Earlier, we talked about how you can amp up your Linkedin Profile. Now we’re going to talk about actually putting that shiny new profile to work.
Since 80 percent of your job hunting time needs to be devoted to networking, think about using Linkedin as the place where you do your initial work. Then, quickly turn those online interactions into meaningful offline ones.
Believe it or not, the old networking rules still apply to the new digital landscape.
The Old Rules Still Rule…
Everyone is slammed, including your contacts and connections. Don’t make others think about who you’d be good to work for. That’s your job. Give your networking contacts a starting point by sharing a list of your top five companies and the roles at said companies you’d be suitable for. This will help the light bulbs start popping.
The fact that you want a new job is not the other person’s problem. You don’t want to come across as needy. Instead, do some up-front work for them and let them in on your journey. Literally, write introduction emails that your contact can crib and forward to the person they know. Solid networking takes time and effort, which is why it’s always a good idea to start the process long before you really need it.
Give before you receive
Look across your network of connections and think about how you can help others first. Go out of your way to make connections. If you come across jobs that aren’t suitable for you but are perfect for someone else, forward them on. When you do this, you make deposits in the karma bank that can be redeemed later on. And when someone goes out of their way to help you, show them your appreciation or you’ll never be able to go back to them again.
…But the New Rules Have Changed Everything…
How do you break through the clutter and get seen?
Step 1: Lay Down the Groundwork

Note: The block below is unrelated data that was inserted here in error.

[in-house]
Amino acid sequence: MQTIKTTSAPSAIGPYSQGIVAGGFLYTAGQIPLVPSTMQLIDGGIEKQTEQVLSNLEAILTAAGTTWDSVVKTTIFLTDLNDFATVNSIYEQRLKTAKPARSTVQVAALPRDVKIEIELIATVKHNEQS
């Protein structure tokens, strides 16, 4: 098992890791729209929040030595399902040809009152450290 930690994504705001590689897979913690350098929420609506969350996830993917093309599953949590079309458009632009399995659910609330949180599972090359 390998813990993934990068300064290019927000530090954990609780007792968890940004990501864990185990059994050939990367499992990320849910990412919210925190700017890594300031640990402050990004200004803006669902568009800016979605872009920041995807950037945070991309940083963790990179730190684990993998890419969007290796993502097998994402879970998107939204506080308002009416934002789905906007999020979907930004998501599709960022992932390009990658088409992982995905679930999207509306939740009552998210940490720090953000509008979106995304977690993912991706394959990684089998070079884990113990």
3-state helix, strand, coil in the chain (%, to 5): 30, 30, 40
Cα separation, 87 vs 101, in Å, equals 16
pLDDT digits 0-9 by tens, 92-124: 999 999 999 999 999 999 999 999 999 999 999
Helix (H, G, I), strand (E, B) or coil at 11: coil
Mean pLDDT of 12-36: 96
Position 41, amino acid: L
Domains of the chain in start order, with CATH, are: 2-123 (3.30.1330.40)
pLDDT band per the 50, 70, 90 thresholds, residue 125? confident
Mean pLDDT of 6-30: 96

Linkedin is constantly changing its algorithms and you need to keep up their intense pace. Evolve your profile so that you stay at 100 percent complete at all times, which we covered earlier. But pay attention to all the rapidly iterating new tools on Linkedin that are designed to capture your data (e.g., make you more keyword searchable) and make the matchmaking work better.
Step 2: Build Up Your Network
Make Linkedin your digital Rolodex. From now on, every time you grab a business card from a solid contact (client, vendor, hiring manager, recruiter, etc), invite them to connect with you on Linkedin. Make it a monthly task to grab that annoying stack of business cards on your desk and reach out to them on Linkedin. Be sure to add in all your former bosses and colleagues, and don’t forget to grab your friends from college, too. They may all be connected to folks who work in the industry you’re most interested in. Increase your high-quality connections — particularly with the right people in your field or industry. Companies are not only interested in where you’ve worked, but also who you’re connected to. Plus, the more people you connect with, the more people you can reach via 2nd connections.
Don’t forget to customize all connection requests for each recipient. Otherwise you look like you’re trolling for connections. It’s a professional forum, not Facebook.
Follow companies you’re interested in on Linkedin. Check back often for new job postings or anyone in your network who connects to a decision maker at one of these companies.
Joining groups will not only expand the amount of people in your network, but may also be a great resource to keep up with trending topics in your field (not to mention learning who your competition is). Just remember, blatant job hunting in group discussions is frowned upon and may lead to your being banned.